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Permanent URL to this publication: http://dx.doi.org/10.5167/uzh-10872

Zeller, A; Arras, M; Lazaris, A; Jurd, R; Rudolph, U (2005). Distinct molecular targets for the central respiratory and cardiac actions of the general anesthetics etomidate and propofol. FASEB Journal, 19(12):1677-1679.

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General anesthetics are among the most widely used and important therapeutic agents. The molecular targets mediating different endpoints of the anesthetic state in vivo are currently largely unknown. The analysis of mice carrying point mutations in neurotransmitter receptor subunits is a powerful tool to assess the contribution of the respective receptor subtype to the pharmacological actions of clinically used general anesthetics. We examined the involvement of beta3-containing GABA(A) receptors in the respiratory, cardiovascular, hypothermic, and sedative actions of etomidate and propofol using beta3(N265M) knock-in mice carrying etomidate- and propofol-insensitive beta3-containing GABA(A) receptors. Although the respiratory depressant action of etomidate and propofol, as determined by blood gas analysis, was almost absent in beta3(N265M) mice, the cardiac depressant and hypothermic effects, as determined by radiotelemetry, and the sedative effect, as determined by decrease of motor activity, were still present. Taken together with previous findings, our results show that both immobilization and respiratory depression are mediated by beta3-containing GABA(A) receptors, hypnosis by both beta3- and beta2-containing GABA(A) receptors, while the hypothermic, cardiac depressant, and sedative actions are largely independent of beta3-containing GABA(A) receptors.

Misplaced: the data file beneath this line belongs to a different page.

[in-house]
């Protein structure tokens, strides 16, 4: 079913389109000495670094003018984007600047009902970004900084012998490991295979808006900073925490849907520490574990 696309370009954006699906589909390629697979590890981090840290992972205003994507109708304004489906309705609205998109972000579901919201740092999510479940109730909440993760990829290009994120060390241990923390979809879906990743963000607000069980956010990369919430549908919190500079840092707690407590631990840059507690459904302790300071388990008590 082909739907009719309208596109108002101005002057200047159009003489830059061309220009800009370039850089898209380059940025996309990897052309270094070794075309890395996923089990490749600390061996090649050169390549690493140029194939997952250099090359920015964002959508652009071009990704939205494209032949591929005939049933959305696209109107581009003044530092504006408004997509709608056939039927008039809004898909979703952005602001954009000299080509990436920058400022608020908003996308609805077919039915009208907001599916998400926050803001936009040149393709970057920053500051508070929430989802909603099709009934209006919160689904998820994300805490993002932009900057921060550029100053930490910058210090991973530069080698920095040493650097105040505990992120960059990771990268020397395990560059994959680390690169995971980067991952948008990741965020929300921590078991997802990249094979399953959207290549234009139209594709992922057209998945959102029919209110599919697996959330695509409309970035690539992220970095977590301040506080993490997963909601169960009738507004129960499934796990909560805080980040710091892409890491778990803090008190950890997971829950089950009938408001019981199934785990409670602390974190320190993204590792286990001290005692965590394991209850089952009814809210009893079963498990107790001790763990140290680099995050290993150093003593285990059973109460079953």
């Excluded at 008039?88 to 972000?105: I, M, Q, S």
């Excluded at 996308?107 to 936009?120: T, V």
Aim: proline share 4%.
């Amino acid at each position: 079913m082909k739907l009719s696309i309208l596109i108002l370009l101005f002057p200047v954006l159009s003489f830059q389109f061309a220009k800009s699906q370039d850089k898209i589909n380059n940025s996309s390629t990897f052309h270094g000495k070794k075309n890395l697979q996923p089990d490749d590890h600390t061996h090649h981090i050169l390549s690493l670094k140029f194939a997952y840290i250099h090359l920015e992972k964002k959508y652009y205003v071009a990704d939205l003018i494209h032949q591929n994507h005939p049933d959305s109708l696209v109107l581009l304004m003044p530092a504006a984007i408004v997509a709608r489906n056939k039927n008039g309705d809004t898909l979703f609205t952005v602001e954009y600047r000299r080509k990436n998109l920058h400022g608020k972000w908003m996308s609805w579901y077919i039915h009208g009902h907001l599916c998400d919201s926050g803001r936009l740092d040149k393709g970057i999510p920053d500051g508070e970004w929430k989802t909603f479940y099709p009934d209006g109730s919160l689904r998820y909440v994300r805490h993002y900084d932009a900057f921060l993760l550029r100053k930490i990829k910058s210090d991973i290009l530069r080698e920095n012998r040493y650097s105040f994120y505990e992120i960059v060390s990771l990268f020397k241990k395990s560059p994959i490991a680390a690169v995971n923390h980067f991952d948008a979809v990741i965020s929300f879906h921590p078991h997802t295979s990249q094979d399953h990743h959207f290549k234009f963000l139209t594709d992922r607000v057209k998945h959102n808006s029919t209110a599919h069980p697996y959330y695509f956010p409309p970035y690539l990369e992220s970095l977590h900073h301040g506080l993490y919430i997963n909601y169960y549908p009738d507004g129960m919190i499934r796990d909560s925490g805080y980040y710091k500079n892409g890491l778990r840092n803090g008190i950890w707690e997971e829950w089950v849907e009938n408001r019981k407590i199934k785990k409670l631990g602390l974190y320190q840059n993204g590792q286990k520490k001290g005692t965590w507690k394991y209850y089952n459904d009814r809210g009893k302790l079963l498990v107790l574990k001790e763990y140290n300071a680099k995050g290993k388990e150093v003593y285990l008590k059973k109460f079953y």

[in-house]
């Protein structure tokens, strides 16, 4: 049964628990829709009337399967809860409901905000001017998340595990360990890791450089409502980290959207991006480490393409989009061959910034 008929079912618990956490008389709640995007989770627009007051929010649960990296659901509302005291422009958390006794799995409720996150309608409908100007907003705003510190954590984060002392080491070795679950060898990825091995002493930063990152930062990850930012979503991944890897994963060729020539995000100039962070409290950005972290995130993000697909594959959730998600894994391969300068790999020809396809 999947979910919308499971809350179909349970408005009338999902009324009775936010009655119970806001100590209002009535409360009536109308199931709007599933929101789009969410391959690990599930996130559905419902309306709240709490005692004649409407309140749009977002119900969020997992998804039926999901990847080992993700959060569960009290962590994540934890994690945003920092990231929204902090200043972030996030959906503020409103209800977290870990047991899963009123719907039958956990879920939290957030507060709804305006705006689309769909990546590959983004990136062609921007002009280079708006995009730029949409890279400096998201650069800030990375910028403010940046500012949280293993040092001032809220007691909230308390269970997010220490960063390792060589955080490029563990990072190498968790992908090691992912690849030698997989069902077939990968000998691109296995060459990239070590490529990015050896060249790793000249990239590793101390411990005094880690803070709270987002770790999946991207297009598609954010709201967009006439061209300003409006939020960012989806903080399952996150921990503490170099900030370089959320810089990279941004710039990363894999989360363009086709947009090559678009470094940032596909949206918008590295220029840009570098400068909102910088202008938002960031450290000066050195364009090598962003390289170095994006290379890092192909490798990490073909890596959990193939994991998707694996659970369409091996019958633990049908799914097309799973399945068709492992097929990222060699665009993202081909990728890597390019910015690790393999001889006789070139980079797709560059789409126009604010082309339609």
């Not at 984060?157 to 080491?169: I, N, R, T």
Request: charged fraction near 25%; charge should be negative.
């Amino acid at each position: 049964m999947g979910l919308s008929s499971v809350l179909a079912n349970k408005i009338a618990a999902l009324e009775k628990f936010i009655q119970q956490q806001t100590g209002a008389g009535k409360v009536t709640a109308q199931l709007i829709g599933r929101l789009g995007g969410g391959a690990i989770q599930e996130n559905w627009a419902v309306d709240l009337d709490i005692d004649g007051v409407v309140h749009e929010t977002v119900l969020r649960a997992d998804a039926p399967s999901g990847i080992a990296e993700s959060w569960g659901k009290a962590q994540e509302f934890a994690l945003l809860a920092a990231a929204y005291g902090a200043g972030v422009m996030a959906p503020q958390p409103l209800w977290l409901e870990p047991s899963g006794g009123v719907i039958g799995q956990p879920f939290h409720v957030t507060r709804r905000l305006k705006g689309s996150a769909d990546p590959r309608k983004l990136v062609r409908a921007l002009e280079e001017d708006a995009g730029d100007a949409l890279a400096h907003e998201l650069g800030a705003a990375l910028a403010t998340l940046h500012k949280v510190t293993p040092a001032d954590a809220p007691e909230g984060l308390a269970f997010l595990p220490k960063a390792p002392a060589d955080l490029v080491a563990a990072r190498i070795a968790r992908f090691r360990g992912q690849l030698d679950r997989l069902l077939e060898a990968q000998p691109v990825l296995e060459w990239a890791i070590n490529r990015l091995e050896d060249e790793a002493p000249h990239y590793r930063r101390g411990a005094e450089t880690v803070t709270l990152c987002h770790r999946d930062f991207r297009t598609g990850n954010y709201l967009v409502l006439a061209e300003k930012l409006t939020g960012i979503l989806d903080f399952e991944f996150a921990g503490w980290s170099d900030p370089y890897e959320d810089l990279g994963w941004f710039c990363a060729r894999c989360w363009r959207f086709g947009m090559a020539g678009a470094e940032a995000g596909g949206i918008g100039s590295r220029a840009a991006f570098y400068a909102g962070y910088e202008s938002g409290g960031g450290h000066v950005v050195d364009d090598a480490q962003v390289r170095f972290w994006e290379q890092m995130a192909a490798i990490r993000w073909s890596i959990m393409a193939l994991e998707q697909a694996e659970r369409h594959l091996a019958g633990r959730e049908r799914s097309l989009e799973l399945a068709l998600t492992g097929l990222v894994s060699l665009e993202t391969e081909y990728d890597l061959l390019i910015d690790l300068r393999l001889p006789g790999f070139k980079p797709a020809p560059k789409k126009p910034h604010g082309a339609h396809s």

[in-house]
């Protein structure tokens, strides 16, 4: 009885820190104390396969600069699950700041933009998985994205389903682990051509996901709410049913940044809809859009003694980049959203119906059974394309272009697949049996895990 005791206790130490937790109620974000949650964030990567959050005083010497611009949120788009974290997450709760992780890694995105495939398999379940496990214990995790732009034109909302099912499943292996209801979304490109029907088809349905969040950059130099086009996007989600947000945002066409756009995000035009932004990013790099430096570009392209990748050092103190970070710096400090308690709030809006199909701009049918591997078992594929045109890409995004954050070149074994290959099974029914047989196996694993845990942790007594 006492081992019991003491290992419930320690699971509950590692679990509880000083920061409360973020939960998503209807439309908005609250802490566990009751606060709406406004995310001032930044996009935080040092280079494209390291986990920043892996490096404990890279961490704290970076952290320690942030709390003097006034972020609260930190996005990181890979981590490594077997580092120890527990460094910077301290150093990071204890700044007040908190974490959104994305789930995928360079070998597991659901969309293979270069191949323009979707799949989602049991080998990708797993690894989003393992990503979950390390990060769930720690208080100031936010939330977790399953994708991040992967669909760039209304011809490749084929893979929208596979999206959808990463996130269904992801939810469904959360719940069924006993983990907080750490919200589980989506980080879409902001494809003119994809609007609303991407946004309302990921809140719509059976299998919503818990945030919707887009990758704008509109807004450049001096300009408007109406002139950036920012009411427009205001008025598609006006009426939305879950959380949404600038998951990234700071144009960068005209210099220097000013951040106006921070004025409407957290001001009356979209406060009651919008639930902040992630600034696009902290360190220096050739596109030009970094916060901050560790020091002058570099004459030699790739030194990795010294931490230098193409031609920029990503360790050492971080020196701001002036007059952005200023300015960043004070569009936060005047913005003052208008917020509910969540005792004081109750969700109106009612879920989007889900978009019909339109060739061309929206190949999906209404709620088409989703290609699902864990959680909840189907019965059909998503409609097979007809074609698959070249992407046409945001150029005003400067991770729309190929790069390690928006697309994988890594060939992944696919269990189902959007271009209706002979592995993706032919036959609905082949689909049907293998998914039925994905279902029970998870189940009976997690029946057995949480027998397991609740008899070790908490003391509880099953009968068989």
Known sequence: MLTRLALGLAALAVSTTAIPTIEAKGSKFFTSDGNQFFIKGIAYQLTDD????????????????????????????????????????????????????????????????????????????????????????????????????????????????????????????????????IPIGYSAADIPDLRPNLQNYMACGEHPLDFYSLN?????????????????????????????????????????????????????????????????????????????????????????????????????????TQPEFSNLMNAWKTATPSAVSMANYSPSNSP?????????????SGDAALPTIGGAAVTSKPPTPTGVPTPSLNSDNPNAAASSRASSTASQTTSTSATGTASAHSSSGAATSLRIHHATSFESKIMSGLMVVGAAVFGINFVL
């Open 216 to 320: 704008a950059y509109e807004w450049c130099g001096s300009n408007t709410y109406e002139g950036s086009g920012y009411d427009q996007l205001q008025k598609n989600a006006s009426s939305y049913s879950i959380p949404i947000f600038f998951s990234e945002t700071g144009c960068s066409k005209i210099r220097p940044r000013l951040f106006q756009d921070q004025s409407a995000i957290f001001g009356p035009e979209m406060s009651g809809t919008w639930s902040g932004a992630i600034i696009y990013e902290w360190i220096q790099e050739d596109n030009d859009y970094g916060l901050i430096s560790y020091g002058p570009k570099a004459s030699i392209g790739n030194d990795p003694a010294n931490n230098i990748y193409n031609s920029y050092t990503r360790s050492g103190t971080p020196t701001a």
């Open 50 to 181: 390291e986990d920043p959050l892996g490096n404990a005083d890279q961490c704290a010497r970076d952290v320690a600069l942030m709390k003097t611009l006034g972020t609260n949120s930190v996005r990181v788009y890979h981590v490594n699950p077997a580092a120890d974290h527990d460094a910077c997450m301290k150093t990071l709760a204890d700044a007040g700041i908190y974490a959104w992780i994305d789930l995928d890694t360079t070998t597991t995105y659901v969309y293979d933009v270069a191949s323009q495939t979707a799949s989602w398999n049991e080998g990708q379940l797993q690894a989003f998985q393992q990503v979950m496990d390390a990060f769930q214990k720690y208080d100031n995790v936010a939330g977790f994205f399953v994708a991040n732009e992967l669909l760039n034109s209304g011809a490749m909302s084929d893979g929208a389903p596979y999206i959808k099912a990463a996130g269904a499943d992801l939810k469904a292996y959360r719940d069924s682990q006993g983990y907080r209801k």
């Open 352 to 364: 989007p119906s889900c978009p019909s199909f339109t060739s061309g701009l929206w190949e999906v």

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Additional indexing

Item Type:Journal Article, refereed, original work
Communities & Collections:05 Vetsuisse Faculty > Institute of Laboratory Animal Science
Dewey Decimal Classification:570 Life sciences; biology
610 Medicine & health
Deposited On:23 Mar 2009 09:22
Last Modified:05 Apr 2016 12:51
Publisher:Federation of American Societies for Experimental Biology
Publisher DOI:10.1096/fj.04-3443fje
PubMed ID:16046472

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